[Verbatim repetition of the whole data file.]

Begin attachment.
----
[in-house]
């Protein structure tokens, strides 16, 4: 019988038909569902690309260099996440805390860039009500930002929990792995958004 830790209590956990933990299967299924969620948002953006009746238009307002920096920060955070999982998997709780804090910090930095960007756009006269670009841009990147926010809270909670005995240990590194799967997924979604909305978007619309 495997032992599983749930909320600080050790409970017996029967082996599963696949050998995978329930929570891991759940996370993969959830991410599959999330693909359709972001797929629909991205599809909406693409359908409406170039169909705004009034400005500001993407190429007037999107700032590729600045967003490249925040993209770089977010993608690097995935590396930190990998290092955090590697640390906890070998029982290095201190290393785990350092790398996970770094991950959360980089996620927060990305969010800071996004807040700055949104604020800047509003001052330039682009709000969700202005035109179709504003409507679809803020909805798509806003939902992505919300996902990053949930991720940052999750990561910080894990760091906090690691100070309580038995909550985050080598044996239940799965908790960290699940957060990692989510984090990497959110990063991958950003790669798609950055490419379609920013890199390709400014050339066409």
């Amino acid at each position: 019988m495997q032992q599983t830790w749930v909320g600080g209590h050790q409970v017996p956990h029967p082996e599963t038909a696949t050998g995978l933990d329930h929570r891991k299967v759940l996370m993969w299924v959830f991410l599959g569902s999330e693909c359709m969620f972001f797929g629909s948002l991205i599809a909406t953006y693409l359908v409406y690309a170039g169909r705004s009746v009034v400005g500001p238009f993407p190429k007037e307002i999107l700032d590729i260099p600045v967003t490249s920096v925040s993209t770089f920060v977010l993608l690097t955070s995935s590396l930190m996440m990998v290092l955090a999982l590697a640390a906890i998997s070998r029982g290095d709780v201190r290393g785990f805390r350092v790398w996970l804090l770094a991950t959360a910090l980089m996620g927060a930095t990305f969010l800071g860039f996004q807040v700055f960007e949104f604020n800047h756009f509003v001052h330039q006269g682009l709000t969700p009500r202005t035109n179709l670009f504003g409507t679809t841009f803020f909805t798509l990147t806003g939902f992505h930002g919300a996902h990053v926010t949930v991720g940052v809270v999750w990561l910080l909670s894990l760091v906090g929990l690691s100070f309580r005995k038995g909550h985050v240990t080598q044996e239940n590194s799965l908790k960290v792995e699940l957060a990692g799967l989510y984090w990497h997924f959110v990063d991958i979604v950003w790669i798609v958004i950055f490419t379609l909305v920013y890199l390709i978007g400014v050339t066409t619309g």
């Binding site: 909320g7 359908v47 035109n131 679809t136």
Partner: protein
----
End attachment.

[in-house]
């Protein structure tokens, strides 16, 4: 019988038909569902690309260099996440805390860039009500930002929990792995958004 830790209590956990933990299967299924969620948002953006009746238009307002920096920060955070999982998997709780804090910090930095960007756009006269670009841009990147926010809270909670005995240990590194799967997924979604909305978007619309 495997032992599983749930909320600080050790409970017996029967082996599963696949050998995978329930929570891991759940996370993969959830991410599959999330693909359709972001797929629909991205599809909406693409359908409406170039169909705004009034400005500001993407190429007037999107700032590729600045967003490249925040993209770089977010993608690097995935590396930190990998290092955090590697640390906890070998029982290095201190290393785990350092790398996970770094991950959360980089996620927060990305969010800071996004807040700055949104604020800047509003001052330039682009709000969700202005035109179709504003409507679809803020909805798509806003939902992505919300996902990053949930991720940052999750990561910080894990760091906090690691100070309580038995909550985050080598044996239940799965908790960290699940957060990692989510984090990497959110990063991958950003790669798609950055490419379609920013890199390709400014050339066409």
């Amino acid at each position: 019988m495997q032992q599983t830790w749930v909320g600080g209590h050790q409970v017996p956990h029967p082996e599963t038909a696949t050998g995978l933990d329930h929570r891991k299967v759940l996370m993969w299924v959830f991410l599959g569902s999330e693909c359709m969620f972001f797929g629909s948002l991205i599809a909406t953006y693409l359908v409406y690309a170039g169909r705004s009746v009034v400005g500001p238009f993407p190429k007037e307002i999107l700032d590729i260099p600045v967003t490249s920096v925040s993209t770089f920060v977010l993608l690097t955070s995935s590396l930190m996440m990998v290092l955090a999982l590697a640390a906890i998997s070998r029982g290095d709780v201190r290393g785990f805390r350092v790398w996970l804090l770094a991950t959360a910090l980089m996620g927060a930095t990305f969010l800071g860039f996004q807040v700055f960007e949104f604020n800047h756009f509003v001052h330039q006269g682009l709000t969700p009500r202005t035109n179709l670009f504003g409507t679809t841009f803020f909805t798509l990147t806003g939902f992505h930002g919300a996902h990053v926010t949930v991720g940052v809270v999750w990561l910080l909670s894990l760091v906090g929990l690691s100070f309580r005995k038995g909550h985050v240990t080598q044996e239940n590194s799965l908790k960290v792995e699940l957060a990692g799967l989510y984090w990497h997924f959110v990063d991958i979604v950003w790669i798609v958004i950055f490419t379609l909305v920013y890199l390709i978007g400014v050339t066409t619309g």
């Binding site: 909320g7 359908v47 035109n131 679809t136």
Partner: protein